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"Book of Eli" Is a Difficult Cheer for Persons of Faith
Gallons of ink and billions of blog pixels have already been spilled over "The Book of Eli," one of the first big-budget adventure films of 2010. That it has overtly religious - dare I say, Christian - overtones is not in question. But is it really something that Christians can be comfortable with?
The movie in a nutshell
If you haven't seen the movie yet, here's the plot in a thumbnail: After a nuclear holocaust destroyed the world thirty years ago, only one Bible has survived. Eli (Denzel Washington), having been charged by God with the task of protecting it, is on a crosscountry hike to a place where he knows it will be protected and reprinted. Along his journey, he runs into Carnegie (Gary Oldman), a wicked, slippery character who runs a Western town with his group of typical movie henchmen. Carnegie wants his mitts on that Bible because he believes that with it, he can manipulate people and expand his empire. After a standoff between Eli and Carnegie (where God magically deflects bullets from Eli), the latter takes off with Carnegie's daughter Solara (Mila Kunis), and they make their way to California. Once arrived, Eli gives the Bible to a group that can reprint it and promptly dies. Solara takes one of the Bibles and sets off into the sunset, the first post-apocalyptic Christian missionary.
So what's the problem?
First of all, let me hasten to assure you that I liked the movie. Snobs at Rotten Tomatoes notwithstanding, I felt that the film was better than a spaghetti Western. The production quality was definitely big-budget Hollywood, not the campy, cheap look of recent Christian films like "Facing the Giants" and "Fireproof." Unlike those films, it includes a healthy dose of profanity. And I have to admit, as a Christian, I often come away from films that mention the Bible with my teeth on edge. Hollywood is none too kind to the Bible. It seems perfectly content with respecting every religion except Christianity, and the Bible always gets misquoted, if quoted at all. (Think Jack Black, Jesus water into wine, for instance.) This movie had none of that. The Bible was respected, treated as something desirable. Oh sure, people misuse it, and the movie is honest about that. But still, there was something refreshing about seeing Eli reciting long passages of Holy Writ from memory, honoring the Bible in a way I've never seen before in a Hollywood action film.
"Book of Eli" is an incredibly violent movie. People waylay others on the road and eat them, their hands shaking with desire. People blow people up, people punch people out, people kill each other for fresh water, people shoot huge holes in houses and throw bombs at people. Bones crunch, blood flows freely, and severed limbs litter the bleak landscape. Solara tries to seduce Eli, starting to open his pants. She does this because her loving father Carnegie sends her to do it, and when Eli teaches her to pray that night instead of having sex with her, her loving father Carnegie grabs her mother and chokes her till Solara admits that Eli is, in fact, carrying a Bible with him. The whole movie has a feeling of despair, or evil, or waste, or something. In the last thirty years since the nuclear attack, the worst side of humankind has come out, and violence like a cancer has eaten through its humanity.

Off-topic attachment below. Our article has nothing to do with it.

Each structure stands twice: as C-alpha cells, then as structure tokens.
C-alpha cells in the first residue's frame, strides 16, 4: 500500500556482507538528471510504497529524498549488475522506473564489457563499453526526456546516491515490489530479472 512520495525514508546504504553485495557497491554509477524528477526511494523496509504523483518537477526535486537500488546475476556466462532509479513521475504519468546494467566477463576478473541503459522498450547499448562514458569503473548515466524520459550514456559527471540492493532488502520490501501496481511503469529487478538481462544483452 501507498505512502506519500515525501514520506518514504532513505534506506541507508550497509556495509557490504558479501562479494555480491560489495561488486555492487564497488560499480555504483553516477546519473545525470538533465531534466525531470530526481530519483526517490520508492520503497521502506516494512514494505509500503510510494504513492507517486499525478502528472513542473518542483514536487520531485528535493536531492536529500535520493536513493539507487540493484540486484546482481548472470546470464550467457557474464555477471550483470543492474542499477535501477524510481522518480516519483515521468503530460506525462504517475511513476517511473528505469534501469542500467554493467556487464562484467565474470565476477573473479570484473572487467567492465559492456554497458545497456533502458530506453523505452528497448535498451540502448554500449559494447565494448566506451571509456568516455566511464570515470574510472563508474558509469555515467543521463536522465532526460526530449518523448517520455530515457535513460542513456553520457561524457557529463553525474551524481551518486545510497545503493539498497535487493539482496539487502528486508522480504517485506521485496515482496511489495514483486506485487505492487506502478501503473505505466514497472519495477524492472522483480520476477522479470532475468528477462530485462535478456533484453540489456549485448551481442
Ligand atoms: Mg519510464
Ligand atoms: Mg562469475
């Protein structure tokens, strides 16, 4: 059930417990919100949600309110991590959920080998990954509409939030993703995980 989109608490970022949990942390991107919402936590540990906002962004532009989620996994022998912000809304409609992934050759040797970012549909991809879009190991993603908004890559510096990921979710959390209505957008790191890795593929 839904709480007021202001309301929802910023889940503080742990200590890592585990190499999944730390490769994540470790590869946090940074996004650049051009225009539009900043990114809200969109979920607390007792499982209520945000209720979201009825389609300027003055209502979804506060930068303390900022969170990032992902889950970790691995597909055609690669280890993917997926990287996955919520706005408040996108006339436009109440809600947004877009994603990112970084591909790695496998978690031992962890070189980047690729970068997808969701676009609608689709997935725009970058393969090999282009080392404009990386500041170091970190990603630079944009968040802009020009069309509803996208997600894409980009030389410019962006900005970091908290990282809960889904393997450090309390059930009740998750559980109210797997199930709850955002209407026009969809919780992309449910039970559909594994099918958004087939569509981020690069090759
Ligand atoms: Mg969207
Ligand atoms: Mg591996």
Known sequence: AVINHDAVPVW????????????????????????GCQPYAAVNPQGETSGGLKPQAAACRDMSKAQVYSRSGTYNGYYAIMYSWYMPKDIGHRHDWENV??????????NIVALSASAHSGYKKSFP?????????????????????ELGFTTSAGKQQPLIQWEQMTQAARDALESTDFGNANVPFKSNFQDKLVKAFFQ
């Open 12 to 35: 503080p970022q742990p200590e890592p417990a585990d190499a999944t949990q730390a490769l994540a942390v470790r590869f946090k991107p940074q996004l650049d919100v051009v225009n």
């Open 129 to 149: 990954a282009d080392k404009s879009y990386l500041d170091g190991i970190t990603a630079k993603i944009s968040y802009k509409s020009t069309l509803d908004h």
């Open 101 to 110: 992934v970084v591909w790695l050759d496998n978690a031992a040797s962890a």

Sip the Honey, Throw Away the Sting?
"Book of Eli" is a movie that tries to straddle two worlds. It seeks to bridge the gap between adventure film and Gospel sermon. In some ways, it does this task admirably. Some have compared it to a modern Pilgrim's Progress.
However, I feel a bit uneasy about a few of the messages in this film. For instance, Islamic terrorism kills more people every year than the Spanish Inquisition did in its whole 300-year existence. Yet people constantly harp on how awful the Catholic Church was, lumping in all Christians with a small number of very un-Christlike nominal "Christians" who killed in the name of money. In the same way, "Book of Eli" reinforces the notion that religion is by nature a violent thing, and that the only way to cleanse the air of evil is to use weapons. Preferably with lots of high-power ammunition.
As Christians, we subscribe to a different creed. "Your Word is eternal, oh Lord," writes the Psalmist. "It stands firm in the heavens." The Bible is the most printed, most translated, most hated, and most attacked book ever. It has survived more persecutions, more burnings, and more purgings - even by "Christians" - than any other book. And it has survived, even thrived. Untold thousands of people like Tyndale have given their lives to protect the Book - but they did not take lives in its defence. There will never come a day when one man with a machete and a pair of sunglasses has to defend the last Bible. God will take care of that.